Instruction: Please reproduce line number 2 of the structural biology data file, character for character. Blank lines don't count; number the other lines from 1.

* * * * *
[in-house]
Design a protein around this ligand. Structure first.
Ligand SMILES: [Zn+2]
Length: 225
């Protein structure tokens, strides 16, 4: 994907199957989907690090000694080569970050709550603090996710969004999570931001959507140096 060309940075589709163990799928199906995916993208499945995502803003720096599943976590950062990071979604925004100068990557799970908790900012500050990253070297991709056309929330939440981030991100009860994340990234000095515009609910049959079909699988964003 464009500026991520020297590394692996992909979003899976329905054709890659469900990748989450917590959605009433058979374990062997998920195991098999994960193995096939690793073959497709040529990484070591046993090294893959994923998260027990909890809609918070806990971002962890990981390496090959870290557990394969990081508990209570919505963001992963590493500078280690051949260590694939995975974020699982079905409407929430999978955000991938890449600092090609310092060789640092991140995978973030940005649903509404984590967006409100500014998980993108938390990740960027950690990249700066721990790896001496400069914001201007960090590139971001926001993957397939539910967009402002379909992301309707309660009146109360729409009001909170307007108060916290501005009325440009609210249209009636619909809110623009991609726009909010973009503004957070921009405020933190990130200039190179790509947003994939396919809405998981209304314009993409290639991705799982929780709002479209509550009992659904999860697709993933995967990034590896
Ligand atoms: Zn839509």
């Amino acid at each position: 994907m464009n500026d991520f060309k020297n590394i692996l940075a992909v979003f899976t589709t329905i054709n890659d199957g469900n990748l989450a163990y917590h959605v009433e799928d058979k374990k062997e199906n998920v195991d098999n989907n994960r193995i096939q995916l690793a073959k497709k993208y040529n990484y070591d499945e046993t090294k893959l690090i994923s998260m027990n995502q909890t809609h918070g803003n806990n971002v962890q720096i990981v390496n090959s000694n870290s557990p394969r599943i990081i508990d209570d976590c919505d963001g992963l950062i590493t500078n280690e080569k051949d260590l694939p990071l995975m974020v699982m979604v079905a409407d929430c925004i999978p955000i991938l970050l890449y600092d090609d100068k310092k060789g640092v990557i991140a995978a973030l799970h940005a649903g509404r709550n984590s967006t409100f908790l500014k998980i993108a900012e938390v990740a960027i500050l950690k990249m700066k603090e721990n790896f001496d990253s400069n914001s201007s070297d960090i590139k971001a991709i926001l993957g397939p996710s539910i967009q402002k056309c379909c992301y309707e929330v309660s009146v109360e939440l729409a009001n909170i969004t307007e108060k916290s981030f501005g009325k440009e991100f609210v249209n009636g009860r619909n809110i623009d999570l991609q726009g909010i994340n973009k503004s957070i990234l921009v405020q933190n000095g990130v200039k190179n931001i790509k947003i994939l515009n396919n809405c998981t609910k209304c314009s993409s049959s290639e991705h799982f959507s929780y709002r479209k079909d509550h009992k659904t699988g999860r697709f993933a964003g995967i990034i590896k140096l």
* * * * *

Design a protein around this ligand. Structure first.